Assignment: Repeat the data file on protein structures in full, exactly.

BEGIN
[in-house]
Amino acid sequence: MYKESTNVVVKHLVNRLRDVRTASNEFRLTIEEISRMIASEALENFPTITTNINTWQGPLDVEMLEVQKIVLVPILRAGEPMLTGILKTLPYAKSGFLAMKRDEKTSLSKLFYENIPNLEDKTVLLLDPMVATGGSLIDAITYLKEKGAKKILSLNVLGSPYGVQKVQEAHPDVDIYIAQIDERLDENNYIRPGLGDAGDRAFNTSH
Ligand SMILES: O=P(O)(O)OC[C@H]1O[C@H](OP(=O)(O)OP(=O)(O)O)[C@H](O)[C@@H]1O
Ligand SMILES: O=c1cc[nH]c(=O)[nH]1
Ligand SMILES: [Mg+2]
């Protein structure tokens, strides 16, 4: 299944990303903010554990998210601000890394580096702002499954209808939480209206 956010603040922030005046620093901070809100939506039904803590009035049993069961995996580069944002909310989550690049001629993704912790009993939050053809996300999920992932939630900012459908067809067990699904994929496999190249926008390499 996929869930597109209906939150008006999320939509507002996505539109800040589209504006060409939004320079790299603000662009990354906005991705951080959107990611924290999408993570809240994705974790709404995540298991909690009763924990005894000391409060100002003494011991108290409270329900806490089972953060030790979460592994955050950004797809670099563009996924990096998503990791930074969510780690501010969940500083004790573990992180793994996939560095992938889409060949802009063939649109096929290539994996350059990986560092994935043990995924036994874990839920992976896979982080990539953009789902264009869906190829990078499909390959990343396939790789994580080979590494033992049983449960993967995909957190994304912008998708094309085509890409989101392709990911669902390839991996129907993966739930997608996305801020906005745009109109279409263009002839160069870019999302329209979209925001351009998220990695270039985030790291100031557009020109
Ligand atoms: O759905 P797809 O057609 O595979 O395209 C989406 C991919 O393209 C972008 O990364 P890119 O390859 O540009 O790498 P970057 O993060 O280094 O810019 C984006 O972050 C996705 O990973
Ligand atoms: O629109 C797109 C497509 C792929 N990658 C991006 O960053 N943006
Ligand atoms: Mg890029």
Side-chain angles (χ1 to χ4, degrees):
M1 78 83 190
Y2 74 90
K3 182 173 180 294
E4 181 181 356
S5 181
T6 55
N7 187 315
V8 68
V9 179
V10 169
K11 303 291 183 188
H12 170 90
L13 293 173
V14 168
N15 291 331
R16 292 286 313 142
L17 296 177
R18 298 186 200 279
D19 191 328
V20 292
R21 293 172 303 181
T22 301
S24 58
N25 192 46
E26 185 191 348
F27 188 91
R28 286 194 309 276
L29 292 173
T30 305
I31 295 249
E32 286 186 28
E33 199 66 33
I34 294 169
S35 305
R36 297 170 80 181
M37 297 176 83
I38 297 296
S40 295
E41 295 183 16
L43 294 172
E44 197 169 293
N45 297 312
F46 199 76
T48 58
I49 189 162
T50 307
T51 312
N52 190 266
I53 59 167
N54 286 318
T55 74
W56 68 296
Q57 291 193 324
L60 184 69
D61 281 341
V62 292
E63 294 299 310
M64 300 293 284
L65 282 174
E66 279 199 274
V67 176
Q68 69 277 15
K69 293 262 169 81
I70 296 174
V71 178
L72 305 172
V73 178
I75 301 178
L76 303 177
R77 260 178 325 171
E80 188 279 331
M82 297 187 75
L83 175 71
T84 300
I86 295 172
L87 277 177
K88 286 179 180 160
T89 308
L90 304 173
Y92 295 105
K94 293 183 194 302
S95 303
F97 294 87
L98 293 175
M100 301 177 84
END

[in-house]
Amino acid sequence: MYKESTNVVVKHLVNRLRDVRTASNEFRLTIEEISRMIASEALENFPTITTNINTWQGPLDVEMLEVQKIVLVPILRAGEPMLTGILKTLPYAKSGFLAMKRDEKTSLSKLFYENIPNLEDKTVLLLDPMVATGGSLIDAITYLKEKGAKKILSLNVLGSPYGVQKVQEAHPDVDIYIAQIDERLDENNYIRPGLGDAGDRAFNTSH
Ligand SMILES: O=P(O)(O)OC[C@H]1O[C@H](OP(=O)(O)OP(=O)(O)O)[C@H](O)[C@@H]1O
Ligand SMILES: O=c1cc[nH]c(=O)[nH]1
Ligand SMILES: [Mg+2]
């Protein structure tokens, strides 16, 4: 299944990303903010554990998210601000890394580096702002499954209808939480209206 956010603040922030005046620093901070809100939506039904803590009035049993069961995996580069944002909310989550690049001629993704912790009993939050053809996300999920992932939630900012459908067809067990699904994929496999190249926008390499 996929869930597109209906939150008006999320939509507002996505539109800040589209504006060409939004320079790299603000662009990354906005991705951080959107990611924290999408993570809240994705974790709404995540298991909690009763924990005894000391409060100002003494011991108290409270329900806490089972953060030790979460592994955050950004797809670099563009996924990096998503990791930074969510780690501010969940500083004790573990992180793994996939560095992938889409060949802009063939649109096929290539994996350059990986560092994935043990995924036994874990839920992976896979982080990539953009789902264009869906190829990078499909390959990343396939790789994580080979590494033992049983449960993967995909957190994304912008998708094309085509890409989101392709990911669902390839991996129907993966739930997608996305801020906005745009109109279409263009002839160069870019999302329209979209925001351009998220990695270039985030790291100031557009020109
Ligand atoms: O759905 P797809 O057609 O595979 O395209 C989406 C991919 O393209 C972008 O990364 P890119 O390859 O540009 O790498 P970057 O993060 O280094 O810019 C984006 O972050 C996705 O990973
Ligand atoms: O629109 C797109 C497509 C792929 N990658 C991006 O960053 N943006
Ligand atoms: Mg890029």
Side-chain angles (χ1 to χ4, degrees):
M1 78 83 190
Y2 74 90
K3 182 173 180 294
E4 181 181 356
S5 181
T6 55
N7 187 315
V8 68
V9 179
V10 169
K11 303 291 183 188
H12 170 90
L13 293 173
V14 168
N15 291 331
R16 292 286 313 142
L17 296 177
R18 298 186 200 279
D19 191 328
V20 292
R21 293 172 303 181
T22 301
S24 58
N25 192 46
E26 185 191 348
F27 188 91
R28 286 194 309 276
L29 292 173
T30 305
I31 295 249
E32 286 186 28
E33 199 66 33
I34 294 169
S35 305
R36 297 170 80 181
M37 297 176 83
I38 297 296
S40 295
E41 295 183 16
L43 294 172
E44 197 169 293
N45 297 312
F46 199 76
T48 58
I49 189 162
T50 307
T51 312
N52 190 266
I53 59 167
N54 286 318
T55 74
W56 68 296
Q57 291 193 324
L60 184 69
D61 281 341
V62 292
E63 294 299 310
M64 300 293 284
L65 282 174
E66 279 199 274
V67 176
Q68 69 277 15
K69 293 262 169 81
I70 296 174
V71 178
L72 305 172
V73 178
I75 301 178
L76 303 177
R77 260 178 325 171
E80 188 279 331
M82 297 187 75
L83 175 71
T84 300
I86 295 172
L87 277 177
K88 286 179 180 160
T89 308
L90 304 173
Y92 295 105
K94 293 183 194 302
S95 303
F97 294 87
L98 293 175
M100 301 177 84